© 2024 WGLT
A public service of Illinois State University
Play Live Radio
Next Up:
0:00 0:00
Available On Air Stations

McGraw tops Crowl in 17th Congressional District GOP primary

Joe McGraw, left, and Scott Crowl, right, are both running in the Republican primary for a shot at getting on the November ballot. Both are seeking to defeat Democratic incumbent 17th Congressional Rep. Eric Sorensen.
Joe McGraw, left, had substantial vote margins over Scott Crowl in all counties of the 17th Congressional District on March 19.

Joe McGraw won Tuesday's Republican primary in the 17th Congressional District of Illinois. The former judge from Rockford handily defeated Scott Crowl, a Milan area farmer and former union official.

McGraw had the backing of the Republican establishment, including longtime former state Rep. Dan Brady, congressman Darin LaHood from the 16th District, and New York U.S. Rep. Elise Stefanik, among others. McGraw also had a decided edge over Crowl in fundraising during the primary.

“I want to extend my sincerest appreciation to the voters for placing their faith in me. That said, the job is not finished yet,” said McGraw. “We will be hard at work talking to voters across IL-17 about our vision to return this district to a safe, free, and economically prosperous community – a place where people want to live, work, and raise a family.”

McGraw said his experience as a judge and prosecutor has given him the “maturity and skill” necessary to be a House member.

“My experience is as a decision-maker, making tough decisions. I’ve handled everything from a death penalty case to a child custody case and I have to listen carefully, weigh all the evidence, look at what the law requires and make a decision,” he said.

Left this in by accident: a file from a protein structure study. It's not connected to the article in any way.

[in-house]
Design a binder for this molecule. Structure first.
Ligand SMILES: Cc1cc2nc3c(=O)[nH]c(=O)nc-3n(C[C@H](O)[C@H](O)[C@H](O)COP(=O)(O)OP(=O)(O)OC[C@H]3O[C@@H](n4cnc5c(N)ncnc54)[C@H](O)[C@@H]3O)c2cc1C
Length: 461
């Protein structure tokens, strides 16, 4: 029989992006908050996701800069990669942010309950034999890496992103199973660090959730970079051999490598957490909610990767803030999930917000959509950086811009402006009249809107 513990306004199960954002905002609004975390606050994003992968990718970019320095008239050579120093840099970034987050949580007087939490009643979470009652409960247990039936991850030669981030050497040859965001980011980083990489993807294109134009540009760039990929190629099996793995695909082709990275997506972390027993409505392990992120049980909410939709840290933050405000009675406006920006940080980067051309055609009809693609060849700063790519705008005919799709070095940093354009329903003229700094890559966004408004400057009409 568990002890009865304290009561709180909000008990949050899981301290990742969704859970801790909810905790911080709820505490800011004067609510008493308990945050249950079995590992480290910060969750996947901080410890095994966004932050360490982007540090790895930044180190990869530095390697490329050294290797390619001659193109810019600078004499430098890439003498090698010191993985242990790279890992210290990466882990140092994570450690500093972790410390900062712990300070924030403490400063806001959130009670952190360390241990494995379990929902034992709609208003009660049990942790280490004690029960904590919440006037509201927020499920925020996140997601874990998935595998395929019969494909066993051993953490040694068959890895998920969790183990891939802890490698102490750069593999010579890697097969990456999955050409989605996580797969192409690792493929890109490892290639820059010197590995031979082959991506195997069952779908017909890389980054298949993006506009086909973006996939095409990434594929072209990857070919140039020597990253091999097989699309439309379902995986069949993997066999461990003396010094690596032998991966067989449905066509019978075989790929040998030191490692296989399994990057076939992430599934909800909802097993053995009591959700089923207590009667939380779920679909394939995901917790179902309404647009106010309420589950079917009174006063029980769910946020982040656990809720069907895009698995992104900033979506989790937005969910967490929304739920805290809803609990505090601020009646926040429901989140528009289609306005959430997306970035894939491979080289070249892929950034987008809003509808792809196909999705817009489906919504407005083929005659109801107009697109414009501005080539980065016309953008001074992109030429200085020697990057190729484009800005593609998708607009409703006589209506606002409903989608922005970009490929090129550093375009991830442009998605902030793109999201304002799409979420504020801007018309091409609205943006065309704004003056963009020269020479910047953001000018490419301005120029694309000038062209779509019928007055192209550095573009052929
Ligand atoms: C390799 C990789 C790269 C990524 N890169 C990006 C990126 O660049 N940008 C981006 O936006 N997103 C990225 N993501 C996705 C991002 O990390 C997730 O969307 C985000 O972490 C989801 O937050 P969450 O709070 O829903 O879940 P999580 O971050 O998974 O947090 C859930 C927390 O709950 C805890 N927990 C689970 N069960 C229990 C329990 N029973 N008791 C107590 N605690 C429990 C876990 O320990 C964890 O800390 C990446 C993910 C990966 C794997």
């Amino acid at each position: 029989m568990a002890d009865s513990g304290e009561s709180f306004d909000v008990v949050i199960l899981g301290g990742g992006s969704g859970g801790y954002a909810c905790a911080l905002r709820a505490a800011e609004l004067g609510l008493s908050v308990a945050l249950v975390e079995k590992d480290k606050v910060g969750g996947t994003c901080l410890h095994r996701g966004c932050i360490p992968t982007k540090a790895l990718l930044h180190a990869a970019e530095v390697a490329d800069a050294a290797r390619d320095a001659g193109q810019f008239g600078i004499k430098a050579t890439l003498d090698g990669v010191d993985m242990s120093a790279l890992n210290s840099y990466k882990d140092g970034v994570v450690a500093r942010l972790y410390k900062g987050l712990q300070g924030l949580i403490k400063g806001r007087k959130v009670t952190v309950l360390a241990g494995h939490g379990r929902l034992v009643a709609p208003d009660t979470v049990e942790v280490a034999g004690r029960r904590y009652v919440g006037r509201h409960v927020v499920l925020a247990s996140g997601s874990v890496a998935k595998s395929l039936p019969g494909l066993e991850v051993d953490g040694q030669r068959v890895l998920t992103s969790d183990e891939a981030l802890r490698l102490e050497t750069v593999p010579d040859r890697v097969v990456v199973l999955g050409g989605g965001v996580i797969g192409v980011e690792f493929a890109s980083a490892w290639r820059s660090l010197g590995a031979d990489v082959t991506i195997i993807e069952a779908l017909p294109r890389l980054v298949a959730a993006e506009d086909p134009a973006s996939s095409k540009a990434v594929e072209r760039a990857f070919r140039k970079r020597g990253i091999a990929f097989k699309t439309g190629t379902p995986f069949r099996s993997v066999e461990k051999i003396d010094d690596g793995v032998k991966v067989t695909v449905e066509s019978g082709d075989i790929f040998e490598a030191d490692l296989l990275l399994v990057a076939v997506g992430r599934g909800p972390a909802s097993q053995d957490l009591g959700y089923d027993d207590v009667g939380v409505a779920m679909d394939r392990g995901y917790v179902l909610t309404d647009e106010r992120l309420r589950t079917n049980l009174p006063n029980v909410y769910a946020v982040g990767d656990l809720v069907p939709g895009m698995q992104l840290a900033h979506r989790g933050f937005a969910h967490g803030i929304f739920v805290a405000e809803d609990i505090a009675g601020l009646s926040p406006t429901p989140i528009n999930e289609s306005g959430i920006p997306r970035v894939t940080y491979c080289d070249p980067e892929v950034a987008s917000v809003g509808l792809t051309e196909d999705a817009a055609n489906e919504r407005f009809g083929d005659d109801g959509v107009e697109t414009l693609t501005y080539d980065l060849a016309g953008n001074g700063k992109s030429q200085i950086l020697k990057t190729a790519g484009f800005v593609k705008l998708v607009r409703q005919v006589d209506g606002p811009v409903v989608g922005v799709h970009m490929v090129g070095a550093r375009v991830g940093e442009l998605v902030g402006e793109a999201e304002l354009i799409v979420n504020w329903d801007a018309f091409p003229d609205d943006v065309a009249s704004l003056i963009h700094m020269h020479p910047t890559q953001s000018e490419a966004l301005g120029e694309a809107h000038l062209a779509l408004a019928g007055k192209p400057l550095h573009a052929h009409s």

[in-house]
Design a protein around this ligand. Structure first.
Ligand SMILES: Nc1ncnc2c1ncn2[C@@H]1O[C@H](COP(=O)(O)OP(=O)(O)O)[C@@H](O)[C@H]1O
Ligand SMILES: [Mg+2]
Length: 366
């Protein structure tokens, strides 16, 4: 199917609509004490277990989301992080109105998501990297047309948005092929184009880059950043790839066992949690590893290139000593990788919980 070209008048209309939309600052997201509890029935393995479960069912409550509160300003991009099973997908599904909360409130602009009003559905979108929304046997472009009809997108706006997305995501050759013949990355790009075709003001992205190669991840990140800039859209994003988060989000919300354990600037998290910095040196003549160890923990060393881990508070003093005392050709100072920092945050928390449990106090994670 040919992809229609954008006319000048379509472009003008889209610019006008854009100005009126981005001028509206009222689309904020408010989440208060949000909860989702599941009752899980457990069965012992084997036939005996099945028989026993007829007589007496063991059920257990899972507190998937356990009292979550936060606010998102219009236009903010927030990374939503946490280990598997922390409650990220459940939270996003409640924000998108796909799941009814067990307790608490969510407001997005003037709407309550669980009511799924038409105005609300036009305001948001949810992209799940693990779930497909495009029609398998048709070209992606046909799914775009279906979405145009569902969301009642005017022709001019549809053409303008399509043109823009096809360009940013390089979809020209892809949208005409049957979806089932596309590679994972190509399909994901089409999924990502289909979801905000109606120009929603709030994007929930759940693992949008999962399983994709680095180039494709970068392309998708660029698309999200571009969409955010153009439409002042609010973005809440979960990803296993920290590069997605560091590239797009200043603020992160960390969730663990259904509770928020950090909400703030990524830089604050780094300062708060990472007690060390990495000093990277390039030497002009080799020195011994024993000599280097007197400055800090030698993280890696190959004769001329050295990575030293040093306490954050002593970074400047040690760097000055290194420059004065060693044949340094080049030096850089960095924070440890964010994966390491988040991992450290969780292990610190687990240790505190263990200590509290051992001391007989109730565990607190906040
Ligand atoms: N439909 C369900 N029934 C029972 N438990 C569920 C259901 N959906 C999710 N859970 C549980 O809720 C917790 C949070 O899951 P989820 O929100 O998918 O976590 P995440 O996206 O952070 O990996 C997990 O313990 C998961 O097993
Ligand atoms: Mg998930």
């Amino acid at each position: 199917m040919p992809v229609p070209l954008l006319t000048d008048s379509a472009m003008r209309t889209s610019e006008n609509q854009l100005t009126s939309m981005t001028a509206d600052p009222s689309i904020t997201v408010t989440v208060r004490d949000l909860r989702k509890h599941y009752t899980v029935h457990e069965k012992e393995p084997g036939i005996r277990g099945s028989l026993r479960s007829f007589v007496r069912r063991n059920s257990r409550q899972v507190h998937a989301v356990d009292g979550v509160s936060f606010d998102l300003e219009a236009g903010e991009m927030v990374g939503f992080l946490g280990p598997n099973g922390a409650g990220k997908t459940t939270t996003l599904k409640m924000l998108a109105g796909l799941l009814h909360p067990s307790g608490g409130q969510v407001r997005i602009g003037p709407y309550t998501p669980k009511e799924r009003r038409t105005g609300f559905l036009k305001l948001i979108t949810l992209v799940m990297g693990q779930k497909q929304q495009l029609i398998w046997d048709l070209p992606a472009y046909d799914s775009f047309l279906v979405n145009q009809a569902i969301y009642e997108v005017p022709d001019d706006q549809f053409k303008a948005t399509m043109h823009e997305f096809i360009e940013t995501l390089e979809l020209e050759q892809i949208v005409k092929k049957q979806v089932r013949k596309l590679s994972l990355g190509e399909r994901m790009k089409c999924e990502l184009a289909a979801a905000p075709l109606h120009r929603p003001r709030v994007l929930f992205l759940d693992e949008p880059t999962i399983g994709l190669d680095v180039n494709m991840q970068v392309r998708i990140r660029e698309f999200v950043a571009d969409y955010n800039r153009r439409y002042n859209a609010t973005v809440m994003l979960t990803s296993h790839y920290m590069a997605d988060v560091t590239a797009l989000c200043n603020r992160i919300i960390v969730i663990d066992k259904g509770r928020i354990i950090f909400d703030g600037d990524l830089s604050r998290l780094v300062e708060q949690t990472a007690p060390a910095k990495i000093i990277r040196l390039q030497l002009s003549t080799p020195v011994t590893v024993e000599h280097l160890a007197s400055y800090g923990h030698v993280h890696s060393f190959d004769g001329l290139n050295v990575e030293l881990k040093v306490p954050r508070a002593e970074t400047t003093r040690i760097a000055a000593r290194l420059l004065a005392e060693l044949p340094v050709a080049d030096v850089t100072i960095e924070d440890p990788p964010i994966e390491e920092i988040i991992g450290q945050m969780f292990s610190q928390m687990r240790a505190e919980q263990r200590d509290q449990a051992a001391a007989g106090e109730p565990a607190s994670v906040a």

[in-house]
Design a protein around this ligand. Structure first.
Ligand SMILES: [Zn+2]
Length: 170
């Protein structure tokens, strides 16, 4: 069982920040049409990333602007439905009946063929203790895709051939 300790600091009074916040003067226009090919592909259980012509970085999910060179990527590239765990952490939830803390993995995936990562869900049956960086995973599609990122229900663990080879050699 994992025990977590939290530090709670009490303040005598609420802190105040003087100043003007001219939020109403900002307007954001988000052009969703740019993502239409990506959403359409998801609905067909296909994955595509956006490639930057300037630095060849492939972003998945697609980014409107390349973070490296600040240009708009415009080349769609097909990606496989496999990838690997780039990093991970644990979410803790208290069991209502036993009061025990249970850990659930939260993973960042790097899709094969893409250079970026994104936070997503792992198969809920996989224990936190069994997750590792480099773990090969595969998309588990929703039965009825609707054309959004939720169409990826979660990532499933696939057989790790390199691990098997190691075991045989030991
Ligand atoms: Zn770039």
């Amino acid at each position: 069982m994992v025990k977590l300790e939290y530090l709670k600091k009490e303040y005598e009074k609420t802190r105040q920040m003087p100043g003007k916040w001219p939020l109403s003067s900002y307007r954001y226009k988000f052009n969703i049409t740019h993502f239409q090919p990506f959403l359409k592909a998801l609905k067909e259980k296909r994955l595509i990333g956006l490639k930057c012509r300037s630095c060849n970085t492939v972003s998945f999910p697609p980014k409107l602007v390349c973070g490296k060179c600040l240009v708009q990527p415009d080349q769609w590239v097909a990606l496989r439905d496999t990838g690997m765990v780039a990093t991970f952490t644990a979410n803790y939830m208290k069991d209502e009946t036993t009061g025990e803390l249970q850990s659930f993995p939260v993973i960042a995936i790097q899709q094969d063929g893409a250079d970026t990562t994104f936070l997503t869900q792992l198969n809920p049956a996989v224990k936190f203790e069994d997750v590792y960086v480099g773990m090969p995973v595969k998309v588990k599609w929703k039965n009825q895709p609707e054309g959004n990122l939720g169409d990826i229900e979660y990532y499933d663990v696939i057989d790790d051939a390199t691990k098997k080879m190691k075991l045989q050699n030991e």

Crowl is a Henry County farmer and former AFSCME union president of a bargaining unit that covers workers at the Quad Cities International Airport.

The 17th Congressional District runs west from Bloomington-Normal to Peoria and stretches north to Rockford and the Quad Cities.

The seat is now held by first-term Democrat and former TV meteorologist Eric Sorensen, who won the seat when incumbent Democrat Cheri Bustos chose to step down two years ago.

Agricultural interests traditionally gravitate to Republican candidates, but Sorensen has spent time on ag issues and last week touted his delivery of $120 million for once-in-a-generation infrastructure upgrades along the Mississippi and Illinois rivers that will allow more goods from Illinois’ 17th District to be shipped to market, which ag groups hailed as important.

Rep. Eric Sorensen, D-Ill., will face former Judge Joe McGraw in the November election for Congress in the 17th district.
Amanda Andrade-Rhoades
AP file
First-term Democratic Rep. Eric Sorensen.

“Since beginning my first term, I’ve seen the impact that working across the aisle can have on our communities. From lowering costs and bringing tax dollars back home, to supporting our police and infrastructure, we’ve made huge progress on the issues that matter most to middle-class families. I look forward to bringing more progress home and again earning the support of the people of Illinois’ 17th District in November,” said Sorensen, who ran unopposed in the Democratic primary on Tuesday.

McGraw has said the federal government should “secure the border and finish the wall." Sorensen has supported a compromise immigration measure Republicans first embraced, then walked away from earlier this year when former President Trump criticized it.

The 17th Congressional District is arguably a competitive one: Sorensen defeated Republican Esther Joy King 52% to 48%. The swing district favors Democrats more after the 2021 remap added in left-leaning parts of McLean County and subtracted much of the rural part of the state that's trended increasingly Republican in recent years.

Sabato's Crystal Ball currently rates the race "Lean Democratic," as does the Cook Political Report, another well-regarded prognosticator.

Republicans hold a narrow 219-213 majority in the U.S. House.

WGLT Senior Reporter Charlie Schlenker has spent more than three award-winning decades in radio. He lives in Normal with his family.